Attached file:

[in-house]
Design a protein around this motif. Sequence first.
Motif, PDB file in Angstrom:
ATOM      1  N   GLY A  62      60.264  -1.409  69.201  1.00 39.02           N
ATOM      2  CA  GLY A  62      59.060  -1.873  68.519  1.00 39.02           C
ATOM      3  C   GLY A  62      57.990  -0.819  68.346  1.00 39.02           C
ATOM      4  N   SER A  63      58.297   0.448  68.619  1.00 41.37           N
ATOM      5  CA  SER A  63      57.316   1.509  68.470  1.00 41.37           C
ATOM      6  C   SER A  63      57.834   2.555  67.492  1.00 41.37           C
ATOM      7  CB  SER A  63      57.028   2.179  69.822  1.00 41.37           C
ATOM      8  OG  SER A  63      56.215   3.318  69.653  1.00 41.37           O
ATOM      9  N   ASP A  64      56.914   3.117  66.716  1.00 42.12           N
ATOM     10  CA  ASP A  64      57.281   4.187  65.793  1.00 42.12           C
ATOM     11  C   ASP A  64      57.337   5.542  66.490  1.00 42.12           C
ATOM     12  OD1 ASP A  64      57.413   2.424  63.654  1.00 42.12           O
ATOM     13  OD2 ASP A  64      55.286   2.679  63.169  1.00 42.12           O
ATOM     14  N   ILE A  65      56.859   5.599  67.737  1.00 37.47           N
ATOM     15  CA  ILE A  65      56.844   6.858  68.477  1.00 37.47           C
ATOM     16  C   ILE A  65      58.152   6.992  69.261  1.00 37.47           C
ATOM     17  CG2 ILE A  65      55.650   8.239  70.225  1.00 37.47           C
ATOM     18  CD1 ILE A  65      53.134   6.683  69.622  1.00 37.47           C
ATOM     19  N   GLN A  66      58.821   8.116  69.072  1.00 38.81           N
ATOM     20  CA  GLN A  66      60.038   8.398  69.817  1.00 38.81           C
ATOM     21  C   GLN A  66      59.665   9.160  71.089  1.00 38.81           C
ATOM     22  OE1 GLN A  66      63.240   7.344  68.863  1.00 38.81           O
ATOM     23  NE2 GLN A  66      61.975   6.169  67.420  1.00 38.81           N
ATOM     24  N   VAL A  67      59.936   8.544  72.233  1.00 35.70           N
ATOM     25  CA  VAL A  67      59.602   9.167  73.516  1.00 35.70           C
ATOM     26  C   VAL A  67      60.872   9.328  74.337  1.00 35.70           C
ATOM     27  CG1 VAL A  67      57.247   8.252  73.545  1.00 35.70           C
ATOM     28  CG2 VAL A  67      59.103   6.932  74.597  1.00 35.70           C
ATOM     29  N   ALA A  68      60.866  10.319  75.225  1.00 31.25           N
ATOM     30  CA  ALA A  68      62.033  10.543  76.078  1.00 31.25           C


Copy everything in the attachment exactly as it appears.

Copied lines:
[in-house]
Design a protein around this motif. Sequence first.
Motif, PDB file in Angstrom:
ATOM      1  N   GLY A  62      60.264  -1.409  69.201  1.00 39.02           N
ATOM      2  CA  GLY A  62      59.060  -1.873  68.519  1.00 39.02           C
ATOM      3  C   GLY A  62      57.990  -0.819  68.346  1.00 39.02           C
ATOM      4  N   SER A  63      58.297   0.448  68.619  1.00 41.37           N
ATOM      5  CA  SER A  63      57.316   1.509  68.470  1.00 41.37           C
ATOM      6  C   SER A  63      57.834   2.555  67.492  1.00 41.37           C
ATOM      7  CB  SER A  63      57.028   2.179  69.822  1.00 41.37           C
ATOM      8  OG  SER A  63      56.215   3.318  69.653  1.00 41.37           O
ATOM      9  N   ASP A  64      56.914   3.117  66.716  1.00 42.12           N
ATOM     10  CA  ASP A  64      57.281   4.187  65.793  1.00 42.12           C
ATOM     11  C   ASP A  64      57.337   5.542  66.490  1.00 42.12           C
ATOM     12  OD1 ASP A  64      57.413   2.424  63.654  1.00 42.12           O
ATOM     13  OD2 ASP A  64      55.286   2.679  63.169  1.00 42.12           O
ATOM     14  N   ILE A  65      56.859   5.599  67.737  1.00 37.47           N
ATOM     15  CA  ILE A  65      56.844   6.858  68.477  1.00 37.47           C
ATOM     16  C   ILE A  65      58.152   6.992  69.261  1.00 37.47           C
ATOM     17  CG2 ILE A  65      55.650   8.239  70.225  1.00 37.47           C
ATOM     18  CD1 ILE A  65      53.134   6.683  69.622  1.00 37.47           C
ATOM     19  N   GLN A  66      58.821   8.116  69.072  1.00 38.81           N
ATOM     20  CA  GLN A  66      60.038   8.398  69.817  1.00 38.81           C
ATOM     21  C   GLN A  66      59.665   9.160  71.089  1.00 38.81           C
ATOM     22  OE1 GLN A  66      63.240   7.344  68.863  1.00 38.81           O
ATOM     23  NE2 GLN A  66      61.975   6.169  67.420  1.00 38.81           N
ATOM     24  N   VAL A  67      59.936   8.544  72.233  1.00 35.70           N
ATOM     25  CA  VAL A  67      59.602   9.167  73.516  1.00 35.70           C
ATOM     26  C   VAL A  67      60.872   9.328  74.337  1.00 35.70           C
ATOM     27  CG1 VAL A  67      57.247   8.252  73.545  1.00 35.70           C
ATOM     28  CG2 VAL A  67      59.103   6.932  74.597  1.00 35.70           C
ATOM     29  N   ALA A  68      60.866  10.319  75.225  1.00 31.25           N
ATOM     30  CA  ALA A  68      62.033  10.543  76.078  1.00 31.25           C